In the vibrant and bustling nation of Thailand, the issue of a shrinking birth rate has garnered the concerned attention of Public Health Minister Cholnan Srikaew. After a dialogue with the ministry’s highest-ranking officials on a recent Friday, he indicated that championing a boost in birth rates is among the top-priority initiatives with an optimistic target set to produce noticeable results within the next 100 days.
According to Dr Cholnan, a healthy birth rate for Thailand’s population, quite like other places around the globe, should be around 2.1 births per 100,000 people. However, stats display a bleak picture with Thailand languishing at just 1.5 births per 100,000. To put this into perspective, Thailand ought to celebrate the arrival of roughly 2 million new smiles each year, but the reality whirls around a much lower figure, with annual newborns barely breaching the 500,000 mark.
A diminished fertility rate could serve a blow to the nation’s workforce, eventually leading to a considerable portion, nearly 20% of the total population, falling into the categorization of senior citizens. This shift in the population pyramid could very well declare Thailand a ‘super-aged’ society.
Minister Cholnan harps on the urgency and magnitude of the situation, underlining that crafting a solution to revive the drooping birth rate is a task requiring time and careful planning. He also mentioned the prospect of scheduling this issue on the national agenda during discussions with the Premier. Further, he suggested that government assistance could play a decisive role. This could be in the form of extending support towards tuition fees for second and third children until they conclude their university education, or augmenting the allowance for newborn babies from the current 600 baht to 3,000 baht per month until they turn six years old.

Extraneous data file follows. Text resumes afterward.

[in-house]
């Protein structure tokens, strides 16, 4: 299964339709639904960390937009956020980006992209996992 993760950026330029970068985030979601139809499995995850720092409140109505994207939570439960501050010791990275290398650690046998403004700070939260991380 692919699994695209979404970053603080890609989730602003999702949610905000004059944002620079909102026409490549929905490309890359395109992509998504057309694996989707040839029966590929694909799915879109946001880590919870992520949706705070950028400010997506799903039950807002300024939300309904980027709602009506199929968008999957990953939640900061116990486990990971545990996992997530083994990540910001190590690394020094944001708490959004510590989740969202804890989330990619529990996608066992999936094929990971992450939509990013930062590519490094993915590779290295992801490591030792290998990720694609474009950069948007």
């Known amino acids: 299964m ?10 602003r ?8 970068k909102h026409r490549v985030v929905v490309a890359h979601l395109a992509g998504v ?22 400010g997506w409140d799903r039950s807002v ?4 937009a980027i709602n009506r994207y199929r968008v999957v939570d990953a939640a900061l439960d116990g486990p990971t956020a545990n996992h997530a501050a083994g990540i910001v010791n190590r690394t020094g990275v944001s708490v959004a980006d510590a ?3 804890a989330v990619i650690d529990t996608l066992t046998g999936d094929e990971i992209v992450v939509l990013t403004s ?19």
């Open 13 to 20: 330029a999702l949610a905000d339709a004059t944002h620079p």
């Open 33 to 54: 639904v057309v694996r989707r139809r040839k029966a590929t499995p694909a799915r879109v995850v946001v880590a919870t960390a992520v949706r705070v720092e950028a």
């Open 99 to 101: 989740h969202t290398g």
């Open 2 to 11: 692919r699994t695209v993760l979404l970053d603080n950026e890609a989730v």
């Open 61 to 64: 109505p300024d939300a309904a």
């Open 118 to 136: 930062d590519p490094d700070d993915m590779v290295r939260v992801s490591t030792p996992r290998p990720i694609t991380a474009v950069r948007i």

On the same note, Dr Prateep Thanakijcharoen, Secretary-General of the National Health Commission Office (NHCO), drew attention to this issue at a seminar about low fertility hosted by the Health Assembly on that same Friday. He underscored that a dwindling fertility rate is no minor concern. On the contrary, it risks spiraling into a crisis affecting not only the economy and society but also the health infrastructure of Thailand.
Compound this gravitas with data showing an alarming upsurge in the number of deaths, surpassing the birth rate and you get a daunting situation that needs urgent attention. Reported figures show deaths in 2021 were around 560,000 and escalated to 595,965 in 2022, whereas newborns, on the other hand, dropped from 540,000 in 2021 to just 502,107 births in the last year. Dr Prateep warned that if this issue remains unattended, it could transform the country’s demographic balance, with an aged society crippling the industrial sector’s competitiveness. The mighty kingdom of Thailand, he stressed, requires a renewed emphasis on its younger generation to balance out its burgeoning pool of ageing citizens.